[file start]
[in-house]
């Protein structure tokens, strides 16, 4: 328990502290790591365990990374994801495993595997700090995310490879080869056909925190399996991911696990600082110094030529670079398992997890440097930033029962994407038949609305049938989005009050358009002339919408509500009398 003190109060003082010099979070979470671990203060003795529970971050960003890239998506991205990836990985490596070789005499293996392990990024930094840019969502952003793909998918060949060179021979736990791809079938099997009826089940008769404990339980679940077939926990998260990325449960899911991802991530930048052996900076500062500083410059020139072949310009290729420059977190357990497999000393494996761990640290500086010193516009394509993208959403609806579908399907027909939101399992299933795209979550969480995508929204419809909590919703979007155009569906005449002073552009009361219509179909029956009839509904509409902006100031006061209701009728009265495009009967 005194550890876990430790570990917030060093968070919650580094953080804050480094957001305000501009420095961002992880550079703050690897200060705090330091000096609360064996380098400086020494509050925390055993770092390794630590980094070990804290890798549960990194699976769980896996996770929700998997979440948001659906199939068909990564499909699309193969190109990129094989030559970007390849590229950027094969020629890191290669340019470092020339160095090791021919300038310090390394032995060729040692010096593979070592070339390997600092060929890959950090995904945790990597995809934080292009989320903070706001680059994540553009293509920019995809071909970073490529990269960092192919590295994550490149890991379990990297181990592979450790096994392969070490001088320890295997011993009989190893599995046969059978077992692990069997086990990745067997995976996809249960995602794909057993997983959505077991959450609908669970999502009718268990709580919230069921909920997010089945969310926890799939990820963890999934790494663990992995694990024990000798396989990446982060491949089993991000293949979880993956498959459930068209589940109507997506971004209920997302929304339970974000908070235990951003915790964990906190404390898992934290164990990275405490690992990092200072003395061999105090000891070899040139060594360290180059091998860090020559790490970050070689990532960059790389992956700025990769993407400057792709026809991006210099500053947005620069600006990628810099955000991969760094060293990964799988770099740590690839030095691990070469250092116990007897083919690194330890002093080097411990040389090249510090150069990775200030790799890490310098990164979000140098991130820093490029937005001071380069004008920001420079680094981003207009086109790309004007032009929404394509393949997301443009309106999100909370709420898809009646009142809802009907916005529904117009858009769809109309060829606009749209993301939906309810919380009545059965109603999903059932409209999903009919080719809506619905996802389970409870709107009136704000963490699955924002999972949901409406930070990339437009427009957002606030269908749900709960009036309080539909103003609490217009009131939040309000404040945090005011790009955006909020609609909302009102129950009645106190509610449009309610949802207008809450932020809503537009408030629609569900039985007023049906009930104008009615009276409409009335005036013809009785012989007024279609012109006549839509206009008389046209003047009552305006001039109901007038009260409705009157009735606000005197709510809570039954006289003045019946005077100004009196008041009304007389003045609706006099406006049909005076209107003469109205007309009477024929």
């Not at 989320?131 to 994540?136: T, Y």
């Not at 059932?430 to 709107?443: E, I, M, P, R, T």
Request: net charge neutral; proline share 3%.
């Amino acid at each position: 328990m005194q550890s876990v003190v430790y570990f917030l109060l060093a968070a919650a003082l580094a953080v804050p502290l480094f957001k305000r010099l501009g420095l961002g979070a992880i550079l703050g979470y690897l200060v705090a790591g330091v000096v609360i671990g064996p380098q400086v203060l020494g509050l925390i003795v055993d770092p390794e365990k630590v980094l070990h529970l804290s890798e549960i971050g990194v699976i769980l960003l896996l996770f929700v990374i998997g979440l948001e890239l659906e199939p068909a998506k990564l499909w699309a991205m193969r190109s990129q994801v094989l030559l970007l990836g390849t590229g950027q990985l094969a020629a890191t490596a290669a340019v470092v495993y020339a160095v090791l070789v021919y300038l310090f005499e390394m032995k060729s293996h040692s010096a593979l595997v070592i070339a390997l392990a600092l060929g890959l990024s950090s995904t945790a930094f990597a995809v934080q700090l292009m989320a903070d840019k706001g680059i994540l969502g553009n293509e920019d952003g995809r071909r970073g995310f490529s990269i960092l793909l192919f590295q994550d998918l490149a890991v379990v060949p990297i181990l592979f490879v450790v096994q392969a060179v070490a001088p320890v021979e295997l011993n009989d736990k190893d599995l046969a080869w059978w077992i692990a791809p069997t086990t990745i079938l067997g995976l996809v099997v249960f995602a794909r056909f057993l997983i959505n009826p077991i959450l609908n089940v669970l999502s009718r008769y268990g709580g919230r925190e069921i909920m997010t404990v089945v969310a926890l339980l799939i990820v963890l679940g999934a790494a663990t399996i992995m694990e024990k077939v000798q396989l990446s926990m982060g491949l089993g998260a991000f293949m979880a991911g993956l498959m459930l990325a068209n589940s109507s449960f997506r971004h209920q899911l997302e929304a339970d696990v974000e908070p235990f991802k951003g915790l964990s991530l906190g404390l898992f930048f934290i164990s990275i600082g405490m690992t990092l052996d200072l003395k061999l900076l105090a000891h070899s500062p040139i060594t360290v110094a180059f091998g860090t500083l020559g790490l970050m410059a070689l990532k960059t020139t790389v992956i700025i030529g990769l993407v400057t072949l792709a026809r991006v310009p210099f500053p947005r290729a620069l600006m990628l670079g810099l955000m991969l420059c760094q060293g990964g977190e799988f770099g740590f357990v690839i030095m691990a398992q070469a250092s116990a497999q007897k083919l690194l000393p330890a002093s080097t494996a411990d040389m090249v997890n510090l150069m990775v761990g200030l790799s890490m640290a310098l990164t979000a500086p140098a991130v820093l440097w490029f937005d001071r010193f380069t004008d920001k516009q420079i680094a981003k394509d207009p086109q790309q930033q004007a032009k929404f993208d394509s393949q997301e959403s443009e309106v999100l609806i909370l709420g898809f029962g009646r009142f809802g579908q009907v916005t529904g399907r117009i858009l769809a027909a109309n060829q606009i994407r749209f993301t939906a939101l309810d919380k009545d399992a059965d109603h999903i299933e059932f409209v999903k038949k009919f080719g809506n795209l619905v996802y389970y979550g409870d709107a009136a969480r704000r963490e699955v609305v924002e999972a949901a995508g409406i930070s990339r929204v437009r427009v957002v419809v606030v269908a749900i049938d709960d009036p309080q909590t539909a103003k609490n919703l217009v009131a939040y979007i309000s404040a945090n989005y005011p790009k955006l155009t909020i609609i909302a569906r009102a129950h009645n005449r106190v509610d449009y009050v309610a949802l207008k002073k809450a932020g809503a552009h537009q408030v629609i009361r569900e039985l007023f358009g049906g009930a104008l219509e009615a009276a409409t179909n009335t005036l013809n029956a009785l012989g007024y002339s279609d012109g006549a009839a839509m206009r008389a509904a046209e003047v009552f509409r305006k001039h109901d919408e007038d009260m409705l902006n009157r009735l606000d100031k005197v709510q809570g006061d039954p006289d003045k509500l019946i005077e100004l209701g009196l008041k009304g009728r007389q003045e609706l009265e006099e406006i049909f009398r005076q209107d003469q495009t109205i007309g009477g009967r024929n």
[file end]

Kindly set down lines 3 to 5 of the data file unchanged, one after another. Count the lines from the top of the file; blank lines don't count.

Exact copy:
């Not at 989320?131 to 994540?136: T, Y």
């Not at 059932?430 to 709107?443: E, I, M, P, R, T």
Request: net charge neutral; proline share 3%.